- Any person who assaults a police officer while in the execution of the officer‘s duty, and by the assault occasions actual bodily harm, is liable to imprisonment for 7 years.
- Any person who maliciously by any means: (a) wounds a police officer, or (b) inflicts grievous bodily harm on a police officer, while in the execution of the officer‘s duty is liable to imprisonment for 12 years.
Such charges can be laid in relation to a police officer who is not uniformed or even on duty. The penalty for the offence of a common assault and other actions against police officers can be 5 years imprisonment.
If you are to be arrested you should be informed not only that you are under arrest, but the reason for that arrest. A police officer may use as much force as is reasonably necessary to arrest you. Unreasonable force is assault.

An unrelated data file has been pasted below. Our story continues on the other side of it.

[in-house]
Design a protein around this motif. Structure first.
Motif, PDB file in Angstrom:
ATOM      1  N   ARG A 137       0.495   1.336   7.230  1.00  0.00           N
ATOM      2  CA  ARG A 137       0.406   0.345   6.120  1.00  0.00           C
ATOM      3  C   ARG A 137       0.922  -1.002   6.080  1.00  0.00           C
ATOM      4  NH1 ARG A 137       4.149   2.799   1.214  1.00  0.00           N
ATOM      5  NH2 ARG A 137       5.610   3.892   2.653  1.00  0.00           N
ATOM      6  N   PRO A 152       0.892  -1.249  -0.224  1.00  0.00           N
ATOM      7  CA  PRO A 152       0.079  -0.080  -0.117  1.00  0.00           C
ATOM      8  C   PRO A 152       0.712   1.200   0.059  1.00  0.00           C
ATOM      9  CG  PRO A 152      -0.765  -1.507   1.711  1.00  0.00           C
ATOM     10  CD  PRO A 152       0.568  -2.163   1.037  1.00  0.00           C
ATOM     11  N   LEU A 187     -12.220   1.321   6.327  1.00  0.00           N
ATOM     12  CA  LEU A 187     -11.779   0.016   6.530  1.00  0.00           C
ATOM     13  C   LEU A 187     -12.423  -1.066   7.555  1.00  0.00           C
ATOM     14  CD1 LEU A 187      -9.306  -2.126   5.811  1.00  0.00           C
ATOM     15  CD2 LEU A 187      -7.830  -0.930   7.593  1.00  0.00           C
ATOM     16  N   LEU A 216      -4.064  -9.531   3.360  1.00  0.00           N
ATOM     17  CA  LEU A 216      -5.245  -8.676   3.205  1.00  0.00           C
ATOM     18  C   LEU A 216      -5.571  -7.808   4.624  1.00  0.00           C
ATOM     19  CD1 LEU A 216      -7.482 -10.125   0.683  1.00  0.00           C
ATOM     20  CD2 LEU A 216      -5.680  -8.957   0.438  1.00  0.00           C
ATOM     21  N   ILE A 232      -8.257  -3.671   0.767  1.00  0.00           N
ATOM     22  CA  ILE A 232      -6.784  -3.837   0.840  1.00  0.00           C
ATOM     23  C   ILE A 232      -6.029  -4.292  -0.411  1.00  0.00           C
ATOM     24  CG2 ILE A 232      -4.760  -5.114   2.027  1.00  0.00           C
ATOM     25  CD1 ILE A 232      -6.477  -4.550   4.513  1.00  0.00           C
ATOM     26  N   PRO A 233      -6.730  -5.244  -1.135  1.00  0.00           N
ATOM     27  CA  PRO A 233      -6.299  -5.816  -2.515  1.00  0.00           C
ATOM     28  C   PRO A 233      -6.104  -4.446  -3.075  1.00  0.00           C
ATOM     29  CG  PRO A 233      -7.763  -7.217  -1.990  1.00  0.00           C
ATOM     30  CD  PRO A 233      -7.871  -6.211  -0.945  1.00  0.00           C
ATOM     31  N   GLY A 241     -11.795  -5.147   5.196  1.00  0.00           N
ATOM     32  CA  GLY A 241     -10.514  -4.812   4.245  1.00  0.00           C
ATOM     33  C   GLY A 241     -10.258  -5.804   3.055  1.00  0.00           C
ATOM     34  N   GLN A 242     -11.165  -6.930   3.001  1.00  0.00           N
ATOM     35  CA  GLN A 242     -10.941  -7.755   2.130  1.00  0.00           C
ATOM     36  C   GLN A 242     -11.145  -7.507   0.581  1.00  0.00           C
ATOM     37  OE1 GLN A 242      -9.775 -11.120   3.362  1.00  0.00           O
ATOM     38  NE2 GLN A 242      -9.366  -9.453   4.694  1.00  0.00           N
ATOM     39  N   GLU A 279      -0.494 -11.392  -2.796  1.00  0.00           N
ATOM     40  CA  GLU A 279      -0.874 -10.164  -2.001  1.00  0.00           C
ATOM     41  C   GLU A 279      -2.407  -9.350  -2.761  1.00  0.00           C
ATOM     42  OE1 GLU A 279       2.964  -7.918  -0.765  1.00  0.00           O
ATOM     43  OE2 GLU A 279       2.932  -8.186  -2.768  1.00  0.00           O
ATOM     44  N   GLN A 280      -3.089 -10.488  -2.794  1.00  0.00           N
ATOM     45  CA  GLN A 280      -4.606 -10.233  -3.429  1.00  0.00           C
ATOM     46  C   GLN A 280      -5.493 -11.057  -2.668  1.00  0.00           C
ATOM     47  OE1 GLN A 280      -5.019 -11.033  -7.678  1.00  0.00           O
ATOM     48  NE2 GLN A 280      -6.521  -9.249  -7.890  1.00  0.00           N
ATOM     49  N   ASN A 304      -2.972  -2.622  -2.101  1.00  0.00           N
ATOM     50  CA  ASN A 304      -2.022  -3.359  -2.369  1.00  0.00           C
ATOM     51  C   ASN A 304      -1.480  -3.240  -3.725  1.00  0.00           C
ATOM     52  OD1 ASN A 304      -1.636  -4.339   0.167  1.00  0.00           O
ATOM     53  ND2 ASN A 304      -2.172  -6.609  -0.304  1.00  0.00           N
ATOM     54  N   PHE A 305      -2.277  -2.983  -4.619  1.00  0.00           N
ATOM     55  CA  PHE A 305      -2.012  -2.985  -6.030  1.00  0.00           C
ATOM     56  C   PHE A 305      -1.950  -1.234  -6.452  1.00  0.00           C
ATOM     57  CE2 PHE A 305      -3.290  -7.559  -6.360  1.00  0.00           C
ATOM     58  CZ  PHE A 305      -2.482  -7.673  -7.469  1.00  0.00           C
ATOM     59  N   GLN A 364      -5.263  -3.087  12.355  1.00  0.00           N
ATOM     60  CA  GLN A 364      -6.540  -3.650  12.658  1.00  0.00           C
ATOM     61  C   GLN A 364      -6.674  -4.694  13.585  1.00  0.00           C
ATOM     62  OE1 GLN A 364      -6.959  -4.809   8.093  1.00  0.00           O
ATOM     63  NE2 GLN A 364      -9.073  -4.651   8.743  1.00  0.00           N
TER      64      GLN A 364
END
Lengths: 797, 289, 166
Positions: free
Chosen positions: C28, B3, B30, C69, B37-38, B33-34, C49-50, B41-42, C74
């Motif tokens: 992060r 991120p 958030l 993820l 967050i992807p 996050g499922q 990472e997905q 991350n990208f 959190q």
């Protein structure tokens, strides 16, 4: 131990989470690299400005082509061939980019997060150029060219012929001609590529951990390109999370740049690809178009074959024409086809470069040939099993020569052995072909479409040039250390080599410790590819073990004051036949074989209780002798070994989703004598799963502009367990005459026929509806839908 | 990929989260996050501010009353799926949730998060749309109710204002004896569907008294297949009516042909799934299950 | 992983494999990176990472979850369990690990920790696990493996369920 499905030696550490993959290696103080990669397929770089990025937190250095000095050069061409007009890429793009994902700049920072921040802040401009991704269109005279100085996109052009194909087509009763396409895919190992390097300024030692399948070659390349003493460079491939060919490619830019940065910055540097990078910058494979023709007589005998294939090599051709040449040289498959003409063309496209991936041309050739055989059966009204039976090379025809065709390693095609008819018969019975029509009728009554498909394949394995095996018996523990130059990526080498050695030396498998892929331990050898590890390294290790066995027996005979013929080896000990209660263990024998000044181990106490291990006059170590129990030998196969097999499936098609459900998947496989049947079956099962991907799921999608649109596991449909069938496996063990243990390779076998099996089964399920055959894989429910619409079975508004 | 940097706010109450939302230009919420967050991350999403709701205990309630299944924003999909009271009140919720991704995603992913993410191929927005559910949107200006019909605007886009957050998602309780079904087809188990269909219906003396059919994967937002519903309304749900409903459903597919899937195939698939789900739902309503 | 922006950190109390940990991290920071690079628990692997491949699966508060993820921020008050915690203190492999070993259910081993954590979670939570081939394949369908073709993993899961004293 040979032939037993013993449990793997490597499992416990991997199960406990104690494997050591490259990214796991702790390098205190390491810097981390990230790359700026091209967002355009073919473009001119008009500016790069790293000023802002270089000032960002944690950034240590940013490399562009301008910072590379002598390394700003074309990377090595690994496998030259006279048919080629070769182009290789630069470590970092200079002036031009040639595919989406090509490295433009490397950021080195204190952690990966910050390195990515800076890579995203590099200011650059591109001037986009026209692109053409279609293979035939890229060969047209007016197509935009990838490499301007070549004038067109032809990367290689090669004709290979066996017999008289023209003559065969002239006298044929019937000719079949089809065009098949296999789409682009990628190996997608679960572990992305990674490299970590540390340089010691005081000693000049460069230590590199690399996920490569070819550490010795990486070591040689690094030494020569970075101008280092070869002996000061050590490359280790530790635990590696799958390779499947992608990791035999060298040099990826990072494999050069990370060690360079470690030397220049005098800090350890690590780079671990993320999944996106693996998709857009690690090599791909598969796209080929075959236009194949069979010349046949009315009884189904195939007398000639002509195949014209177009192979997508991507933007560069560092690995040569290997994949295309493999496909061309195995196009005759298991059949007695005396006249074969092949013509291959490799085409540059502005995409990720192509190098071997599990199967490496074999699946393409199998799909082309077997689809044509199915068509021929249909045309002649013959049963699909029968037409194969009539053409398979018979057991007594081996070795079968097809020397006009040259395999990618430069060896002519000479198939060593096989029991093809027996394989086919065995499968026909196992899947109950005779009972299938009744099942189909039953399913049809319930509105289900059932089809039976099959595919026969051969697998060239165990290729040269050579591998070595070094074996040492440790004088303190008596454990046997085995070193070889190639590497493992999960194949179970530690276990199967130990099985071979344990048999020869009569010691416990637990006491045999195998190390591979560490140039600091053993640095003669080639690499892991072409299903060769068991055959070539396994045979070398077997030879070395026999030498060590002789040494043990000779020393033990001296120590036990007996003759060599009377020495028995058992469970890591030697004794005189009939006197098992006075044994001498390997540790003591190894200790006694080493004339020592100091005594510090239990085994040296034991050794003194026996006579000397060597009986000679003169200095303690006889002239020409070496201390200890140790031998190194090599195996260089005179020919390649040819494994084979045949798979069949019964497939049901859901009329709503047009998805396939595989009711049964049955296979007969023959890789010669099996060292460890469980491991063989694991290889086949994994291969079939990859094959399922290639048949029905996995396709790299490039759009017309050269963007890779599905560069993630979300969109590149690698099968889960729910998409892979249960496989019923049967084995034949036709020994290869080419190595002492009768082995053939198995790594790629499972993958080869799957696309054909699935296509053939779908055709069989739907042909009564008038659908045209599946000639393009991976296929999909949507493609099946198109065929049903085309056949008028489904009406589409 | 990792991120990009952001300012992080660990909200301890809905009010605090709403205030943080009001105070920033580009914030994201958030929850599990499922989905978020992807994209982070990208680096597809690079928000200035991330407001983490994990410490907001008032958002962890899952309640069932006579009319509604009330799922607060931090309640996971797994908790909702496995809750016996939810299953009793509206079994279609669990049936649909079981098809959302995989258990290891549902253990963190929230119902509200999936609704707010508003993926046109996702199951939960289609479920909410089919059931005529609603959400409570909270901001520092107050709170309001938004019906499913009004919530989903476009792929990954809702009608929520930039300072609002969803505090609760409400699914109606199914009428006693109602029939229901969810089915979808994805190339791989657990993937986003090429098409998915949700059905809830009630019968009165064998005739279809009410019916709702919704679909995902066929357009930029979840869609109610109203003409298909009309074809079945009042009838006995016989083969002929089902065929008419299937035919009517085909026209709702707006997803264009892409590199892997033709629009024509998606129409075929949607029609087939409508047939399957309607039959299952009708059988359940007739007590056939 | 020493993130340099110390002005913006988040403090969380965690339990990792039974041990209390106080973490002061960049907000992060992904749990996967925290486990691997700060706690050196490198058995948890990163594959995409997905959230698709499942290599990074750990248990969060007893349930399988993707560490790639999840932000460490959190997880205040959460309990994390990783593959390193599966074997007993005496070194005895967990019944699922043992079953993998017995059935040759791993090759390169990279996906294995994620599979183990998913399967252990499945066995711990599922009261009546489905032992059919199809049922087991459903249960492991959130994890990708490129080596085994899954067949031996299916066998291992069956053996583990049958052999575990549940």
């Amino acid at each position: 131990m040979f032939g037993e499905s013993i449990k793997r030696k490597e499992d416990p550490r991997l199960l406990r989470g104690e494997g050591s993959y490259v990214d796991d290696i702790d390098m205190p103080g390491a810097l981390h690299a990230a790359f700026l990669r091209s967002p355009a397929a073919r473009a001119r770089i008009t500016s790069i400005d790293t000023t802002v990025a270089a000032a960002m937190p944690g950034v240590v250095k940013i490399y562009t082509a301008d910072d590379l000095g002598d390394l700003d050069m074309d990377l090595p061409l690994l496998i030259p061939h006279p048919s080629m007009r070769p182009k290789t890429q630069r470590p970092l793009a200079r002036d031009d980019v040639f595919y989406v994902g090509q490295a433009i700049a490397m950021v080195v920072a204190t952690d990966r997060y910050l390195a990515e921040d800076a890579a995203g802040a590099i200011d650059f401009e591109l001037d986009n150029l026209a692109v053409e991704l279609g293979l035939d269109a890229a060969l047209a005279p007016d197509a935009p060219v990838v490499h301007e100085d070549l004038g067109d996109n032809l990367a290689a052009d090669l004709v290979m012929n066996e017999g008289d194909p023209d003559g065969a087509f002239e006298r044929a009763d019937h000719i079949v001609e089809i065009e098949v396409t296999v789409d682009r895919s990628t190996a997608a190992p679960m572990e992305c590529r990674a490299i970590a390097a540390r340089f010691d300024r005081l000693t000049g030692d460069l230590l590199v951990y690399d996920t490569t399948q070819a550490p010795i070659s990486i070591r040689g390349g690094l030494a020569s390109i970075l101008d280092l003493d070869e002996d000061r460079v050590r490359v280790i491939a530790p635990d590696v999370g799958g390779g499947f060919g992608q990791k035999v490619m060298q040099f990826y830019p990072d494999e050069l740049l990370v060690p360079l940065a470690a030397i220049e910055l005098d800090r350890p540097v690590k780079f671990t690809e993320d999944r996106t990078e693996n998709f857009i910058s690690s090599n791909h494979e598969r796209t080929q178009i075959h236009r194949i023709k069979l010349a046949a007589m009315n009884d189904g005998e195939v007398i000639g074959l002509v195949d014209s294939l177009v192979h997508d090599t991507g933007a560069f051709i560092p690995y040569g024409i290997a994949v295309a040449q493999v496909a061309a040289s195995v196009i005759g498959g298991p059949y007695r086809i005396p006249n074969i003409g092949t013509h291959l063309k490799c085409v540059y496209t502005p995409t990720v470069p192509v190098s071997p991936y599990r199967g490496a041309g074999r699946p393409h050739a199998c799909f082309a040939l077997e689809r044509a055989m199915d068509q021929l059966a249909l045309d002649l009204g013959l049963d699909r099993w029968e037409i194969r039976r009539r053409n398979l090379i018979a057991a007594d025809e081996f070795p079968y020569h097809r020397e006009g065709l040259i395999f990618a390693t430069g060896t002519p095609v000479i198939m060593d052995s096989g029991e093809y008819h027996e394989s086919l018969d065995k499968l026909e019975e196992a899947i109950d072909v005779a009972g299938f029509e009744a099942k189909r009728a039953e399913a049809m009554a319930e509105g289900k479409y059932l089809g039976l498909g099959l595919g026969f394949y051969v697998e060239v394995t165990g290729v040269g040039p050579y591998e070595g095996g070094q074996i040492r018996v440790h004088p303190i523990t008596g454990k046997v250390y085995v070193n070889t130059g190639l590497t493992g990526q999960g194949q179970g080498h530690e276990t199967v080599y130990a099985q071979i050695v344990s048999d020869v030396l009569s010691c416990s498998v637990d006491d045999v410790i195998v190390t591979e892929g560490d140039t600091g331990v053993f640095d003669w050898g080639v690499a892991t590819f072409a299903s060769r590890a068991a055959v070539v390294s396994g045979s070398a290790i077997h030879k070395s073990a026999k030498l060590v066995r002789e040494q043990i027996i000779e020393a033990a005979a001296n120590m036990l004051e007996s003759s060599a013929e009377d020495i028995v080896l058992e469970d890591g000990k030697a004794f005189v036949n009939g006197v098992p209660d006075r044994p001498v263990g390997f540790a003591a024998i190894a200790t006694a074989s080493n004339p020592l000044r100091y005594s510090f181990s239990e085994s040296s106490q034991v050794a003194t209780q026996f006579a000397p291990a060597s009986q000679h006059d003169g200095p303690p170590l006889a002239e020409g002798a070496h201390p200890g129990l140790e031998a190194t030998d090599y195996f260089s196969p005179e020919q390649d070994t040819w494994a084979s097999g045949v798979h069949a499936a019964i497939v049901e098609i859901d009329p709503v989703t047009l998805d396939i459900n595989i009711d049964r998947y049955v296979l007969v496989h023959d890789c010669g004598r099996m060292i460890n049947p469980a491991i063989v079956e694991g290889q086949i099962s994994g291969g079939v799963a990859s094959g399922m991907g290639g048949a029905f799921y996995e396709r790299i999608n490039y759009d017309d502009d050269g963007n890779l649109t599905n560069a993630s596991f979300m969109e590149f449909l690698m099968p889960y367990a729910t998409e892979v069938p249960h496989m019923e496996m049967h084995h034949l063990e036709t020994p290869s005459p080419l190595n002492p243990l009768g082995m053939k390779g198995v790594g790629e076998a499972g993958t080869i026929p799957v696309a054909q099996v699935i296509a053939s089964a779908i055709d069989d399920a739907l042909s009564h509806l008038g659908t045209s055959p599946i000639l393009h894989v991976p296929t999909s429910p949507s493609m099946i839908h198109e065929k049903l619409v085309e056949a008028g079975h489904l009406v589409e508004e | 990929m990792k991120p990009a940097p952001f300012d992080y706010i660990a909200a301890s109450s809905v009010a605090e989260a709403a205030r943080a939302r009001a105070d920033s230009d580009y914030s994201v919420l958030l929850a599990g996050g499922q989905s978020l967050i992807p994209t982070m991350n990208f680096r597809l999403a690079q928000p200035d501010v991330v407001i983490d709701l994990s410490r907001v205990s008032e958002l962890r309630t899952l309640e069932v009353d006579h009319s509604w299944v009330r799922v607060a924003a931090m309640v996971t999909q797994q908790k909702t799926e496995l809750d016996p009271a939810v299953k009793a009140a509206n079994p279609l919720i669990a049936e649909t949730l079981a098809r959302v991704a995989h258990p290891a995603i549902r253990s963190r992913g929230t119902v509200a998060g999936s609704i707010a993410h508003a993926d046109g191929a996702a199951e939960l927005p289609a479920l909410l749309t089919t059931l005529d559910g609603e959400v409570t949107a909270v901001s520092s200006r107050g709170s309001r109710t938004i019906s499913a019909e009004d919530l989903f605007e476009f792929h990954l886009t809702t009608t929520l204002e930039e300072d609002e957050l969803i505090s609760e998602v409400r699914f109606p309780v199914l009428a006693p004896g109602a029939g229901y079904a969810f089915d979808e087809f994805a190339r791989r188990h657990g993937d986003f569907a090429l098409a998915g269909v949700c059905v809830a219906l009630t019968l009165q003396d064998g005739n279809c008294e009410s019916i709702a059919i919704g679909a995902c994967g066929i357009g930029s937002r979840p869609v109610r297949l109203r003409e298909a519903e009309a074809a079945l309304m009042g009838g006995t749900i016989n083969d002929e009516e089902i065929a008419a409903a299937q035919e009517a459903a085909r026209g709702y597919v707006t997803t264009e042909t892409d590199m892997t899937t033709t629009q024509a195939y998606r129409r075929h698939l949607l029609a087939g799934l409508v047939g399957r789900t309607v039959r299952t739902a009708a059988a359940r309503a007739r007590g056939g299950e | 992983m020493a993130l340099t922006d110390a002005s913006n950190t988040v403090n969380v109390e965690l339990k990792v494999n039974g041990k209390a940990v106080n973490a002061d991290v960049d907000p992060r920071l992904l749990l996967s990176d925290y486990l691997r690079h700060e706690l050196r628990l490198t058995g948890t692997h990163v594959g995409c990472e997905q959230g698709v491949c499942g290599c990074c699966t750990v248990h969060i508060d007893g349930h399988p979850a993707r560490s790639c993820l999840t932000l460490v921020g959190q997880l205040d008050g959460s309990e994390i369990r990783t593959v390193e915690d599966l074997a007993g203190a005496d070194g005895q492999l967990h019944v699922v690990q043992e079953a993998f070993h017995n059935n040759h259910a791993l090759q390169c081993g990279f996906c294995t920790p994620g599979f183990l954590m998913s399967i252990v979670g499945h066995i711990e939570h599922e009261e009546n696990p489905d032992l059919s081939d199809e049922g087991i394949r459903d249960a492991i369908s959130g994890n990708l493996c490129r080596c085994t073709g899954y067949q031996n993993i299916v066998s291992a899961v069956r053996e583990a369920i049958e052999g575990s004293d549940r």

You can also be charged with this offence if you assist or incite somebody to resist arrest, or hinder an officer from executing their duty. Positive action must be taken to resist arrest, for example, struggling against the officer or running away. In accordance with section 315 of the Crimes Act a person who does anything intending in any way to hinder the investigation of a serious indictable offence committed by another person, or the discovery of evidence concerning a serious indictable offence committed by another person, or the apprehension of another person who has committed a serious indictable offence, is liable to imprisonment for 7 years.
There are many different kinds of sexual related offences under the Crimes Act 1900. These include physical assaults as well as acts of voyeurism.